A couple of years back I reviewed the Maroc microphone, a hand built model made by independent, Bristol (UK)-based company Wasaphone. You can read that review here. Wasaphone has kept its focus tight, making only a small number of microphones but doing so very well indeed - so much so in fact that its mics are in use at Real World and Abbey Road studios, amongst many other locations. The latest model to join its close-knit family is the affectionately-named Pipe And Slippers, a lo-fi, dynamic cardioid mic with a very unique look and sound.
The first thing you notice about Pipe and Slippers is the obvious care that’s gone into its construction. Each one is hand built and thus will sound very slightly different to the next - they are numbered and come in rustic packaging. There’s no plastic anywhere, and no sense at all that this is anything other than genuine hand crafting in action.
The build is absolutely unique and feels amazing. The end caps are made from hand-turned wood, and the body is copper, naturally stained. You get a brass mounting ring and (optionally for around £10) a couple of stand attachments, so even though the mic is an unusual shape, mounting it is no problem. Internally there’s a dynamic telephone capsule, which should give you a clue as to where we’re going in terms of sound.
The mic has an XLR port on one end and a multi-hole mic mesh on the other. The sound it produces is akin to that of a telephone effect - all upper mids, no bottom end not much at the absolute top either. It’s like putting a phone EQ across a channel. You can hear the kind of thing from the audio examples below.
So as you can probably tell this is not a general purpose mic - it’s a specialised and highly unique mic for getting a certain kind of sound. The most obvious application is for a moderate special fx kind of vibe, a vocal, guitar line or beat that’s all upper mids, that comes in for a few bars during a breakdown in the middle of a song. For that, it’s perfect. But that’s quite niche. What widens its appeal is as a way to record a sound that you then blend with a regular mic of the same source. The upper-mid range boost peaks at 1-3kHz.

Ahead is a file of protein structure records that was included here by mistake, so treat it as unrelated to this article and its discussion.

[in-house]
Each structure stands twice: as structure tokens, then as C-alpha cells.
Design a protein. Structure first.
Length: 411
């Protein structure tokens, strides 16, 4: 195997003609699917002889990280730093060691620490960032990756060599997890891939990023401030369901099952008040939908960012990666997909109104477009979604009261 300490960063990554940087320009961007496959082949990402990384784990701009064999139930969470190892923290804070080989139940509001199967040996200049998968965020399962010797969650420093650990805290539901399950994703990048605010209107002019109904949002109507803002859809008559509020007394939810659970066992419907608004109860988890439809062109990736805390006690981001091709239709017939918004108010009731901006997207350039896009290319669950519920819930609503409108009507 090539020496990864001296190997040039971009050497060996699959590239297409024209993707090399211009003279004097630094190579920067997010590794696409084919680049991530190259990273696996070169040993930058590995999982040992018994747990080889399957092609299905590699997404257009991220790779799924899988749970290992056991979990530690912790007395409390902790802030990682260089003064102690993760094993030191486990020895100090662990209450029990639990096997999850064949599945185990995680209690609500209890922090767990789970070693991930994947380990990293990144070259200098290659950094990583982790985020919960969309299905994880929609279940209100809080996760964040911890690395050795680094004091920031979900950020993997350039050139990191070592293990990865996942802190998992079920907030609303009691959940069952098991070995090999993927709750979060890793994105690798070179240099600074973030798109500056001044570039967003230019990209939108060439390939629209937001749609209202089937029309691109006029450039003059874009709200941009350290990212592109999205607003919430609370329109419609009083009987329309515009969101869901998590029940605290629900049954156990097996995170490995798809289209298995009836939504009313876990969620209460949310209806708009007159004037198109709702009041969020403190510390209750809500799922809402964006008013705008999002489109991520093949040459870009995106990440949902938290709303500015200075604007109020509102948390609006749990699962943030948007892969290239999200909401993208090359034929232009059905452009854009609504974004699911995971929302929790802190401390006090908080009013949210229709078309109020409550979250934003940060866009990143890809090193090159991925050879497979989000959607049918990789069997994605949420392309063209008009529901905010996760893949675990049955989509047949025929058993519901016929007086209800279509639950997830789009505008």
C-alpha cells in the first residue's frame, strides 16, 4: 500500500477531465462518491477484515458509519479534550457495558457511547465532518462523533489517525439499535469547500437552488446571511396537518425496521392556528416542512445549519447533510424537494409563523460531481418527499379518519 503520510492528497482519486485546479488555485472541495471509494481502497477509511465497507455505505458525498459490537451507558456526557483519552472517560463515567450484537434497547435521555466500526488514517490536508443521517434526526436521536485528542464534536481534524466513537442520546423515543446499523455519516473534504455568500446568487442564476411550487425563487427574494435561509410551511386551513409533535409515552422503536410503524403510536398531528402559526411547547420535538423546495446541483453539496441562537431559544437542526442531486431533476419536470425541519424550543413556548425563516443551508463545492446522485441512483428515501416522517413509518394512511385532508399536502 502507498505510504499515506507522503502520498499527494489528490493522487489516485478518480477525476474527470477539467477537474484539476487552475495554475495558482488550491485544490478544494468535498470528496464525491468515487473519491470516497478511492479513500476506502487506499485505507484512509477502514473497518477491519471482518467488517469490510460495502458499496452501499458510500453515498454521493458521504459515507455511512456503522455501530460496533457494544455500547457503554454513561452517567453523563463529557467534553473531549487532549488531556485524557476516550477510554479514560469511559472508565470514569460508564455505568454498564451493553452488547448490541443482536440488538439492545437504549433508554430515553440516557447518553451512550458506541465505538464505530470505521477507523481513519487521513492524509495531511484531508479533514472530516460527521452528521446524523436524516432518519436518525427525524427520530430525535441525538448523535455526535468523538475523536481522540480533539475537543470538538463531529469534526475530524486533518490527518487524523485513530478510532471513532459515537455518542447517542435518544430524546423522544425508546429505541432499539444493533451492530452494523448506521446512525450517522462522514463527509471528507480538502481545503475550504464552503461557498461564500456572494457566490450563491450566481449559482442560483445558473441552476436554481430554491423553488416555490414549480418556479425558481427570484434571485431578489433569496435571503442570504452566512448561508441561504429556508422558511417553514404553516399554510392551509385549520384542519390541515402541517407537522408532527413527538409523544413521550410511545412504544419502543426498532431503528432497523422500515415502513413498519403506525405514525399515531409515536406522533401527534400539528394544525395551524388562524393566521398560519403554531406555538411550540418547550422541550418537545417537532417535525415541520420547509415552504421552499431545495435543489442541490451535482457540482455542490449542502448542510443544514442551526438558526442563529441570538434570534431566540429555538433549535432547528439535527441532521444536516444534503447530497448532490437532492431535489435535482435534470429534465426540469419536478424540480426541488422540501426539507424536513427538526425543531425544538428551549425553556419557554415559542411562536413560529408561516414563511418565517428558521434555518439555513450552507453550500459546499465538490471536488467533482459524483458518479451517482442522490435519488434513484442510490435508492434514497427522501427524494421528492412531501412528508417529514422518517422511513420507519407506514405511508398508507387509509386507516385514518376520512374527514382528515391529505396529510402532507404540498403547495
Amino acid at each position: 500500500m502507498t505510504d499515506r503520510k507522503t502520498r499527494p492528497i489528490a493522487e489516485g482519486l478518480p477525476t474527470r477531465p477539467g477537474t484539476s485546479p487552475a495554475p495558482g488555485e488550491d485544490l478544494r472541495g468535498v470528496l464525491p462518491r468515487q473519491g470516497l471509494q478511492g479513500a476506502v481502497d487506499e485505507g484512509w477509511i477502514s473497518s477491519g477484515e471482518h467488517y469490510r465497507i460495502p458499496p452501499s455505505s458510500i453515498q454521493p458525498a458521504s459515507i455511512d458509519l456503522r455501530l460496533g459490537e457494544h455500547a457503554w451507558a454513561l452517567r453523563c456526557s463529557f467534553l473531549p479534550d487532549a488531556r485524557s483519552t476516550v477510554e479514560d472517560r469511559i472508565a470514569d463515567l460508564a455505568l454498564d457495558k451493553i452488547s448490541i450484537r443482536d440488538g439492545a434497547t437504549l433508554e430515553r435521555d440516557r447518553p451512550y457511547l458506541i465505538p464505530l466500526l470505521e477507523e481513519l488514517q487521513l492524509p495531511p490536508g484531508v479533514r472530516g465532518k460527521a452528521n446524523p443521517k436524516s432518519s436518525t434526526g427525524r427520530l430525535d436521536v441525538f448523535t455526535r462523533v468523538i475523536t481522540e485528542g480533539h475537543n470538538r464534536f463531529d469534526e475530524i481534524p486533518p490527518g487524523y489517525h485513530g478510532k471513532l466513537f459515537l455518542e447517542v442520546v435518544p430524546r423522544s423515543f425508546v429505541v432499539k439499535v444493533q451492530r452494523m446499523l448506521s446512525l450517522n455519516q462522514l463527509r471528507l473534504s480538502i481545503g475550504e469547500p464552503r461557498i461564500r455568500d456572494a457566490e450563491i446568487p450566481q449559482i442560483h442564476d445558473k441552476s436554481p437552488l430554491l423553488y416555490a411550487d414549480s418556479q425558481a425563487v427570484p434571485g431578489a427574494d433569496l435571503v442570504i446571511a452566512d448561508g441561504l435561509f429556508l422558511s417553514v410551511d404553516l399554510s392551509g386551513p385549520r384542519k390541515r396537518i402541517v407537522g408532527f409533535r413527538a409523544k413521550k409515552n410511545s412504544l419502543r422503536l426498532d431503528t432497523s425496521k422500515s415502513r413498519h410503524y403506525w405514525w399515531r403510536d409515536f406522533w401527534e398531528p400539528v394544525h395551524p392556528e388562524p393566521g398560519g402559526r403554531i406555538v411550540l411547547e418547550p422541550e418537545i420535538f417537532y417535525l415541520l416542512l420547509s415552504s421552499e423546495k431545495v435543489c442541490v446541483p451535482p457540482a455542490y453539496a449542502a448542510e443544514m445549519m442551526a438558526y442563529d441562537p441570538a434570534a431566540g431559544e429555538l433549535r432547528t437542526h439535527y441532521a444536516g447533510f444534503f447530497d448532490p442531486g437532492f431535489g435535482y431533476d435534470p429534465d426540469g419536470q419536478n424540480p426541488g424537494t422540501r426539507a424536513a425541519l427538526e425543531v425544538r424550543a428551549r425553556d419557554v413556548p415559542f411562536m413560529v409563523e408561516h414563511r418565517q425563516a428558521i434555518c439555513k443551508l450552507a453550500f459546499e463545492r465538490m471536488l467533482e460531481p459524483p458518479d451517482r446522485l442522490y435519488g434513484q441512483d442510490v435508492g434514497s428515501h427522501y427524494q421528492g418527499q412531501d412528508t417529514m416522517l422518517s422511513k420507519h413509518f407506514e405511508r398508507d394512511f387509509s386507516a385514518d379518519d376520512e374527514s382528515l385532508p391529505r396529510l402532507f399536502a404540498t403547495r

The audio examples above are a case in point - by blending the Pipe and Slippers feed of a sound with the regular feed, you can get a really interesting and much fuller, richer end result. While the P&S channel by itself might be too unusual-sounding to be extensively used in lots of tracks, using it as a blend source for beats, samples, vocals and much more becomes a really interesting idea.
This is a great little mic, and a worthy addition to any studio that maintains a selection of mics to impart character to recordings at source rather than in post using plug-ins. While it may arguably be a bit of a luxury purchase for a bedroom producer, for anyone tracking audio frequently - especially in any kind of commercial studio - it will not only prove a talking point with its great build quality and looks, but for the specific sound it can bring to your productions.
Pros: Gorgeous feel, hand-built from wood and copper. Very solid. Feels about as “real” an item as anything you can buy. Unique telephone sound. Use for special fx or as a blend for multi-mic’ing. Guaranteed talking point for any studio.
Cons: Probably a little niche for those who only record occasionally.